It’s only a building, sure; but so is your house. How would you like it if I burned it to the ground? It’s only a building, but maybe you love it, because it has been where you raised a family, loved your partner, gave hospitality to friend and stranger, weathered storms, rejoiced, tended you dying grandmother, worked like a slave for decades to pay the mortgage or the rent, passed it on to your children, and them to theirs? From the pencil marks on the door post marking the height of your kids, to the pond you dug with your grandad, the building is the place where your life happens, which contains the stories of your family, which held you together when everything was pulling you apart, which gave you a refuge if it did fall apart. It is the place you are known and where others are known by you,
Imagine that over a thousand years? Imagine a millennium of stories, from the visit of a Anglo-Saxon queen, to the anonymous babies buried at the wall of tears, the north side of the churchyard, where disobedient and tenderhearted clergy would permit the clandestine burial of unbaptised infants for the comfort of their mothers. Imagine the reordering, when Edward I was fighting the Scots, suddenly coming to a halt when the Black Death arrived and halved the workforce in weeks. You can see the last chisel mark on the south wall of the Sanctuary. Imagine your parents married here, your kids baptised, your grandma buried here, and looking through the registers, in the archive over the south porch, where your family’s history is recorded right back to the reign of Henry VIII. That matters, I know it matters to my parishioners, and to hear it dismissed with nonchalant contempt by so many fails to honour what we owe each other as brothers and sisters in Christ. I also know it is not incidental to the magnificent volunteer effort sustained in this parish since lockdown began, ensuring every household has a number to call, a person to speak to, to do the shopping, pick up prescriptions, arrange medical care, social support, and to connect them to people who have comfort for their anxiety, balm for their souls, as well as help for their material needs.
In my father’s house there are many dwelling places. Perhaps that means we should be ready to be surprised by where we end up if we follow Jesus? Yes. Perhaps it also means that we are destined to dwell with God and one another. To dwell (it comes from the Greek word μονή) means to abide, to endure, and we can’t do that, I think, without being in the same place at the same time - real place, real time. The church has always insisted on this, that where possible we come together in flesh and blood to receive the flesh and blood of Jesus Christ. And the church has also insisted that when all is done it is in flesh and blood, resurrected, that we will know each other again.
I used to review opera for a living (someone has to) and I remember when the practice first started of showing stage productions from the Royal Opera House, and around the world, in local cinemas. It’s a great idea. You pay twenty quid for a ticket instead of a hundred and rather than spend another hundred getting to London you can enjoy Rigoletto in the Kettering Odeon and be home in time to catch Match of the Day.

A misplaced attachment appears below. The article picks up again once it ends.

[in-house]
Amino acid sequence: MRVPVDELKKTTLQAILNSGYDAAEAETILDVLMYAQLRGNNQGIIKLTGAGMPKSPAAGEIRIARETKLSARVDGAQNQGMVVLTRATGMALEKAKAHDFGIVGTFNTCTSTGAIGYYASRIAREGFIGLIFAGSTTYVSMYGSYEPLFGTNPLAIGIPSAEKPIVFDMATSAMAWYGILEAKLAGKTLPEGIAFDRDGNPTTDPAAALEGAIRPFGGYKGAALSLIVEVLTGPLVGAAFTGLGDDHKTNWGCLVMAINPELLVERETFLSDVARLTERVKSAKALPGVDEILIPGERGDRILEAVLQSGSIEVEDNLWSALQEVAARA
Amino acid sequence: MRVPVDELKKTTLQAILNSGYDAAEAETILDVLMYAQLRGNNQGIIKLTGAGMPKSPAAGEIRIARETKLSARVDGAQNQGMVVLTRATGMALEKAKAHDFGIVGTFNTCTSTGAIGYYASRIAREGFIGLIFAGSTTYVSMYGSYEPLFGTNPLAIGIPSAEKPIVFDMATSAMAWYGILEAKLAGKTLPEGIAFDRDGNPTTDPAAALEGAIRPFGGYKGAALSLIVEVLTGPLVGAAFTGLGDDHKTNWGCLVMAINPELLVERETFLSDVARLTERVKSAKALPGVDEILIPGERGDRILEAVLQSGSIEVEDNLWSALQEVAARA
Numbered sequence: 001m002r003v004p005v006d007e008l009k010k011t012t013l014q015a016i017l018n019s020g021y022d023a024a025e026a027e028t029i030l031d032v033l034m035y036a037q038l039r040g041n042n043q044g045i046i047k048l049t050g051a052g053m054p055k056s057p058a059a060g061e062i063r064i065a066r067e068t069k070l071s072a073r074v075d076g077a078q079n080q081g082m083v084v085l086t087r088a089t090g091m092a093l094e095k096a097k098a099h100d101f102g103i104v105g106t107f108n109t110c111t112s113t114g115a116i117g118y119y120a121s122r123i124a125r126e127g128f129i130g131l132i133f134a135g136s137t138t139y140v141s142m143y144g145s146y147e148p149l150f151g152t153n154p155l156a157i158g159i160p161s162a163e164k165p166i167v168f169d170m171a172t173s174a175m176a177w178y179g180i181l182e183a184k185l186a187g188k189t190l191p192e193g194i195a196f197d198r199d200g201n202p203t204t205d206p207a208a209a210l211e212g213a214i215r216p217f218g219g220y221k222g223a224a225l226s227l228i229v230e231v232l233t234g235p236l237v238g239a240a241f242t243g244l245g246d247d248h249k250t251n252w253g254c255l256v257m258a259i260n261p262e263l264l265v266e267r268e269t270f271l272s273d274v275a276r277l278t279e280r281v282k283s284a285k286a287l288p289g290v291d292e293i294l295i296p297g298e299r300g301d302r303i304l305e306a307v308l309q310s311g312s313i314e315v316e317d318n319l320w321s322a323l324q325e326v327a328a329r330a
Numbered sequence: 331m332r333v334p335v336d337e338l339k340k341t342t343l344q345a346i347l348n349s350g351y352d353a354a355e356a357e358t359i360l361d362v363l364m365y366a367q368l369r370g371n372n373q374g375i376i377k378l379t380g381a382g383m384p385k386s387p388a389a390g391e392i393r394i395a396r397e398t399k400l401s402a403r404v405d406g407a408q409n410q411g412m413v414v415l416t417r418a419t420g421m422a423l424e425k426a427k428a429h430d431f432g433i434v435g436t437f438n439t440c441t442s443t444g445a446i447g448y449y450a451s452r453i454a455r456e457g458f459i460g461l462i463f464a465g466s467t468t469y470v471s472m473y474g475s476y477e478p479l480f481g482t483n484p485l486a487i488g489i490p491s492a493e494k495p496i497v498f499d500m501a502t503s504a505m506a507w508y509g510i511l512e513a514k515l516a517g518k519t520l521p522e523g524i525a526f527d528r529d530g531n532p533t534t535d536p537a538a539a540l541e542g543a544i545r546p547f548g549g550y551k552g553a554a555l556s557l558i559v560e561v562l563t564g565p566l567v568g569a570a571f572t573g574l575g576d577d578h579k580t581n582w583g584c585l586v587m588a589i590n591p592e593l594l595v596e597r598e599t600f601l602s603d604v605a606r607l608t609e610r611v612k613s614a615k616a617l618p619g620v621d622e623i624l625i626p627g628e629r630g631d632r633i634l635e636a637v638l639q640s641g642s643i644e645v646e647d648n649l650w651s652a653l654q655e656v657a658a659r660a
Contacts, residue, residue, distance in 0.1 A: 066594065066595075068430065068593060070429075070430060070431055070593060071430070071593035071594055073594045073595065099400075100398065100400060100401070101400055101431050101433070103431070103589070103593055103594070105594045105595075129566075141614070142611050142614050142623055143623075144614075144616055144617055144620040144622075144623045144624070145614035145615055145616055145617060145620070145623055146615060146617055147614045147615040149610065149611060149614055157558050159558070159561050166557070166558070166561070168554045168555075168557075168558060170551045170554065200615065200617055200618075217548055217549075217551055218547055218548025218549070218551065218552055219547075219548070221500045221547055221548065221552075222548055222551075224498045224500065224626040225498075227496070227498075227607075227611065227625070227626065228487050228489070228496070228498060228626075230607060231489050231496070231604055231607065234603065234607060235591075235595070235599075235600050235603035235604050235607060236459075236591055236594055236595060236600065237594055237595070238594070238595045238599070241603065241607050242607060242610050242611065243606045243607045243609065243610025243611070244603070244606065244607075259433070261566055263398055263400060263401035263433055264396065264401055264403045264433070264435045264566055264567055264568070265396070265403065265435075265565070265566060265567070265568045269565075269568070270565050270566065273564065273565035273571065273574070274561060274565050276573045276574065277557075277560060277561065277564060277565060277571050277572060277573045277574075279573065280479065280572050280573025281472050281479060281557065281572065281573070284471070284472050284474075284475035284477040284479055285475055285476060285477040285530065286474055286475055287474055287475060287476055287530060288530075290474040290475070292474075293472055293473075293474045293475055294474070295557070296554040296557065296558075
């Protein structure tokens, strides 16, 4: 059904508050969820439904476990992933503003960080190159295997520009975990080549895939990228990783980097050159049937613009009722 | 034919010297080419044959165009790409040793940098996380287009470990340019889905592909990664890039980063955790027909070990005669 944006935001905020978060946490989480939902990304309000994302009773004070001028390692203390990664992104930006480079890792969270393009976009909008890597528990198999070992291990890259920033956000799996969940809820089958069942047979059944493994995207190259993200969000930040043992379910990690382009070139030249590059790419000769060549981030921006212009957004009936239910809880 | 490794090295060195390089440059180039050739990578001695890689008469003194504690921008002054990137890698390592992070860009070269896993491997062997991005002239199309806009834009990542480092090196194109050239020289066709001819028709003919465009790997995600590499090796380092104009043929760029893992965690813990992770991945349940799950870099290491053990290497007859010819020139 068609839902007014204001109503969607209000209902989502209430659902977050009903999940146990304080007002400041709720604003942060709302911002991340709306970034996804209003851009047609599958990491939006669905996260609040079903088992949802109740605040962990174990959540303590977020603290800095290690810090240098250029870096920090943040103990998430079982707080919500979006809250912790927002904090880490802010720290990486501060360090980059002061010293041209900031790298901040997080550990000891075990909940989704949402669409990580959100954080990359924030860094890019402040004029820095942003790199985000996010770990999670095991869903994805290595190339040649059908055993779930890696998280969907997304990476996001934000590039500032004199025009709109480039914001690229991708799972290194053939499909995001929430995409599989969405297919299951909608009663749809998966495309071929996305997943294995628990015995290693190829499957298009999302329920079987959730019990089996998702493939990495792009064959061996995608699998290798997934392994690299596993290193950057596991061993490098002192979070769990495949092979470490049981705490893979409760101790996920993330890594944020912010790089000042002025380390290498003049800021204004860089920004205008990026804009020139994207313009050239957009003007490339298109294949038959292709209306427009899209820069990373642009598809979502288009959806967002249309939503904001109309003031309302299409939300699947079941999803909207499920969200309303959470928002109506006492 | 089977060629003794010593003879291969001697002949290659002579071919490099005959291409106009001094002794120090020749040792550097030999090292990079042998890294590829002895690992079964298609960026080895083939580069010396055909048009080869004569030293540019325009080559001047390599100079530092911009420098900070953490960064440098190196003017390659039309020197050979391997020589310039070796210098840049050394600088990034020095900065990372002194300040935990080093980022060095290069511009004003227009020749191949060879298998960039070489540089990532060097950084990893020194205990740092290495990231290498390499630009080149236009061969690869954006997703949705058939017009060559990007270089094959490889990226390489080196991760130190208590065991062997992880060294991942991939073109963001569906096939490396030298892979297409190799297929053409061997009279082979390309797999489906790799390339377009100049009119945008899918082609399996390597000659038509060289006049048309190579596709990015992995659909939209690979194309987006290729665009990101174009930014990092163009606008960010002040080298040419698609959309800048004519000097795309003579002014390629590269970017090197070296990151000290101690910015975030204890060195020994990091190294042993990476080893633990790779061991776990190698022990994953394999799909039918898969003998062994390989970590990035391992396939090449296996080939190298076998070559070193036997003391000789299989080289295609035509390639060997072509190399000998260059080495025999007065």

The trouble is it’s not the same. There are benefits - you get to see the action, you can sit in comfort, and nip out for a pee without getting viciously shushed by aficionados - but these come nowhere near making up for the loss, and the loss is that you are not there. You are not in the same space at the same time, the music is coming at you in digital transcript through speakers, not from the tenor’s tonsils to your tympanum, through shared air, with its fluctuations of temperature, and the invisible but registered reactions of the audience, and the peculiar vibrations and variations in pressure that happen when we gather together.
Saying this now sounds like I’m nostalgic for a vector of infection. And I am, the intimate interaction of people, the to and fro, the breaching of our defences, our efforts to breach the defences of others. Sublime when it’s Verdi, indefensible when it’s viral. So we must wait for it to be safe enough before we congregate again.
But this is not only nostalgia for something physical, it’s looking forward to something eschatological, it’s about anticipating here and now our residency in the dwelling place Jesus has prepared for us. And there are things critical to salvation that happen when we’re together, in flesh and blood, and happen in places that have witnessed, uniquely, to the enduring story of how we are made ready to receive it.
When I was finding my way to faith, one Christmas I went, alone, to Midnight Mass at a church in central London. It was not busy, like the Cathedral and the Abbey, and I sat behind someone also sitting on his own. At the exchange of peace, when we shake hands with those around us, he turned and offered me his hand. It was Enoch Powell. To me then, Enoch Powell was a hate figure, the enemy of everything I held dear, and I was dumbfounded.
“Peace be with you,” he said.
I took his hand in mine. “Peace be with you,” I said.
Rev Richard Coles, Vicar of St Mary's Finedon, Northants